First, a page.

How to Cope with Bruxism

 In Teeth Grinding

If you or a loved one has been grinding their teeth at night, you know that there can be a lot to cope with. Headaches, tooth pain, restless sleep, and the sound of teeth grinding — these issues can quickly create stress for the whole household.

But there’s no need to panic! There are ways you can cope with bruxism (nighttime teeth grinding) to promote healthy teeth, improve sleep, and decrease frustration.

Here are five solutions to consider.

1. Address anxiety

Stress and anxiety are one of the biggest triggers for bruxism. While stress is common to all of us and can’t always be quickly fixed, all that tension can soon lead to clenching your jaw and grinding your teeth at night.

Making time to meditate, prioritizing relaxation, and engaging in therapeutic practices to help control your anxiety and reduce your stress level is one of the best ways to cope with bruxism.

2. Cut caffeine

Caffeinated drinks can have an impact on your bruxism in a few different ways. First of all, the buzz you get can make it harder for you to get restful sleep at night. But your coffee or soda can also cause damage to your teeth’s enamel — exacerbating the effects of bruxism — and contribute to feelings of stress and anxiety.

Sugar and booze can also have similar effects. Reducing or eliminating caffeinated, sugary, and alcoholic food and drink from your regular diet can help you cope with bruxism.

3. Massage muscles

Muscle tension can be both a contributing factor of bruxism — and a big consequence. Tension in your neck and jaw can make you more likely to clench or grind at night, but it can also lead to chronic headaches, face pain, and even temporomandibular joint disorders (TMJ or TMD).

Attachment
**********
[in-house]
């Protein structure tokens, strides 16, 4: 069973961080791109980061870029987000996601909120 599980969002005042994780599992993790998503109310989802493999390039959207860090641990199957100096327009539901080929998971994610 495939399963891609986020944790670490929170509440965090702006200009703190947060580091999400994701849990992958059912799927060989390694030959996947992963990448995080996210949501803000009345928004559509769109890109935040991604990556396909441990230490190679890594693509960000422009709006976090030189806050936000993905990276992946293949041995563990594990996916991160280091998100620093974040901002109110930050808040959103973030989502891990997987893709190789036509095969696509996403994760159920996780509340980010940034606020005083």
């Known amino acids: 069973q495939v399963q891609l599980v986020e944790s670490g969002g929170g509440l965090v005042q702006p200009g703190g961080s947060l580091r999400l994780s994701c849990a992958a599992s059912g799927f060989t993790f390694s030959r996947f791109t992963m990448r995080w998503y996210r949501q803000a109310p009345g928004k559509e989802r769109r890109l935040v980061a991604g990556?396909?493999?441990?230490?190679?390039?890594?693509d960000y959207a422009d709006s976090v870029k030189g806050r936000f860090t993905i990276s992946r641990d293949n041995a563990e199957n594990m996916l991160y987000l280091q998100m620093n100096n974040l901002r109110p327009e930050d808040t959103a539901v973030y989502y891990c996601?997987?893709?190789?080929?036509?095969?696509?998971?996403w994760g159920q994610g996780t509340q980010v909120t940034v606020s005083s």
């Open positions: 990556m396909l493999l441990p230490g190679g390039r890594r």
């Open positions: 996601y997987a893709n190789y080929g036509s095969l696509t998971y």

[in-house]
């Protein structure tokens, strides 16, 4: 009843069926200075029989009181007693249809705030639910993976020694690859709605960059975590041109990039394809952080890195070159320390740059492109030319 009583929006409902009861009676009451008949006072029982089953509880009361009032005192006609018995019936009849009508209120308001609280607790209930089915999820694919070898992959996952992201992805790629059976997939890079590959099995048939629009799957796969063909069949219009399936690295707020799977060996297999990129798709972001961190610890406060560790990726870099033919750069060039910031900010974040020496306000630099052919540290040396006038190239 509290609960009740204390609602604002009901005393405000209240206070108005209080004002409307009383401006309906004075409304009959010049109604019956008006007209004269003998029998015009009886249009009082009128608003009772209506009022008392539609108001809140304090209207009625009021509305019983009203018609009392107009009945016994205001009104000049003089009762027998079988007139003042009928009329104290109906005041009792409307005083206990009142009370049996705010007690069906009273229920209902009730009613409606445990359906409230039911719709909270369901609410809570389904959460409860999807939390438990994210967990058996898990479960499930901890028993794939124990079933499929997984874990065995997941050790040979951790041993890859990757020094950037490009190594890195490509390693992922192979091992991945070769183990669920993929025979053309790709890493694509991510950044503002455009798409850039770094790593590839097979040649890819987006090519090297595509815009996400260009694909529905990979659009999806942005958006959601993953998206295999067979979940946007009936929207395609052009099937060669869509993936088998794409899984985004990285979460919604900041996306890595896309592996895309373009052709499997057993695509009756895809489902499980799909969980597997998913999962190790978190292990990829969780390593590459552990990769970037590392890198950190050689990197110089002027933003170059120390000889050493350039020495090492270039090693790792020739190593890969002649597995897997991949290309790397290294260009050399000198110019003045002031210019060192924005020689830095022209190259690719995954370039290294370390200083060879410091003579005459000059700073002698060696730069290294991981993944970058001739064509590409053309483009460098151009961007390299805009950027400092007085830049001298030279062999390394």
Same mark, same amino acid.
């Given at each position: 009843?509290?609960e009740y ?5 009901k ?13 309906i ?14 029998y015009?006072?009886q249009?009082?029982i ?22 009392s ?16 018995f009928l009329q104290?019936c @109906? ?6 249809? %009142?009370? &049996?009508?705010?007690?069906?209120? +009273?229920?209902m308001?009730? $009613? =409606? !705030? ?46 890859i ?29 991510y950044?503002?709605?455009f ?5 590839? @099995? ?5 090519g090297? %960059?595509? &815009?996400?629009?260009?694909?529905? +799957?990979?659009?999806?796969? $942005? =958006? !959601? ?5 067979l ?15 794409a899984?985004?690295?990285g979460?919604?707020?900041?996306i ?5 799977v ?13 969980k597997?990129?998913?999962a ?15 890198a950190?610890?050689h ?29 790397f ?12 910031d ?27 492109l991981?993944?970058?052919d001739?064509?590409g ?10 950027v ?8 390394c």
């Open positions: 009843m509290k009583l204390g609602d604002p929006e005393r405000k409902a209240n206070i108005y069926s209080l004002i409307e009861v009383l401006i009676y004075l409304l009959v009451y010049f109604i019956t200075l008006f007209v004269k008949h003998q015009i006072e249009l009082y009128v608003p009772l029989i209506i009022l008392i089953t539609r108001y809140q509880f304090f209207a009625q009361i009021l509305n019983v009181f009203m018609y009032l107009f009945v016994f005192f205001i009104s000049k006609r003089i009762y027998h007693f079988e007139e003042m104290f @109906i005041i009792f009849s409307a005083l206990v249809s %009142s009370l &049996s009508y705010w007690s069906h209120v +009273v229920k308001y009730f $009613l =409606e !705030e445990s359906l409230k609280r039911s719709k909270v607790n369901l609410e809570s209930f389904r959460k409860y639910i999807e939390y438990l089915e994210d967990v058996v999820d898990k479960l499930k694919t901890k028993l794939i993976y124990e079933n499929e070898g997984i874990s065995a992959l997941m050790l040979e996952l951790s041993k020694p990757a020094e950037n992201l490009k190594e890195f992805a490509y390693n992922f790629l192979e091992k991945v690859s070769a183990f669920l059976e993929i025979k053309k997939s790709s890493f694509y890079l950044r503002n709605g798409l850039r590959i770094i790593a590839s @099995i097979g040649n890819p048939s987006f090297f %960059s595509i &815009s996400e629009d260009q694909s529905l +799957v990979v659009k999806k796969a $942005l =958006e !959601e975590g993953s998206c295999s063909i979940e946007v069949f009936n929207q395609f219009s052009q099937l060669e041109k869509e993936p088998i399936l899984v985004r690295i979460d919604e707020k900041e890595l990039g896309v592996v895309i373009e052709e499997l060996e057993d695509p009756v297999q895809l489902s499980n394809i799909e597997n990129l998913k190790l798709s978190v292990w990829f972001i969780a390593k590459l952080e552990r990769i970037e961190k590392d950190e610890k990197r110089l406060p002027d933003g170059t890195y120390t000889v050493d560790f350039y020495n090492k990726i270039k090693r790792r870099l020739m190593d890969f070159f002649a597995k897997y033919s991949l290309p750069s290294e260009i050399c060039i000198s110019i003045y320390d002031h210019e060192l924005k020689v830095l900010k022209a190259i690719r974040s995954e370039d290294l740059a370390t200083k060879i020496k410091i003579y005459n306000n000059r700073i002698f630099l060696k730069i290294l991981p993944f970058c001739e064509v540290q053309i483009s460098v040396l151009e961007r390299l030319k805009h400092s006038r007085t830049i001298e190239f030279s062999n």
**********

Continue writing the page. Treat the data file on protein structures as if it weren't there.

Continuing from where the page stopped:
Regular massage and muscle relaxation techniques are great for coping with bruxism because it helps relieve that tension, making it less likely you’ll grind your teeth and night and more likely you’ll get better and more relaxed sleep.

4. Highlight hygiene

Sleep hygiene, that is! If nighttime teeth grinding is making it hard to sleep, ensuring that you’re otherwise set up for good shuteye is important. You probably already know that watching television or looking at your phone in bed isn’t a great idea for good sleep. But even small amounts of light (nightlights, lighted alarm clocks, power indicators on a phone or TV) can make it harder to get your best rest.

Good sleep hygiene, including limiting artificial light at night, keeping the room cool, and silencing disruptive noise, can help.

5. Get a guard

Dental guards are a great way to stop grinding your teeth immediately. Designed to keep your teeth apart and your jaw relaxed, dental guards can stop the effects of bruxism in their tracks, even while you’re making other environmental or behavioral changes.

SleepRight’s dental guards offer a customizable comfort fit (without the mess of boiling or microwaving) and can be found at your local CVS, Walgreens, or Walmart!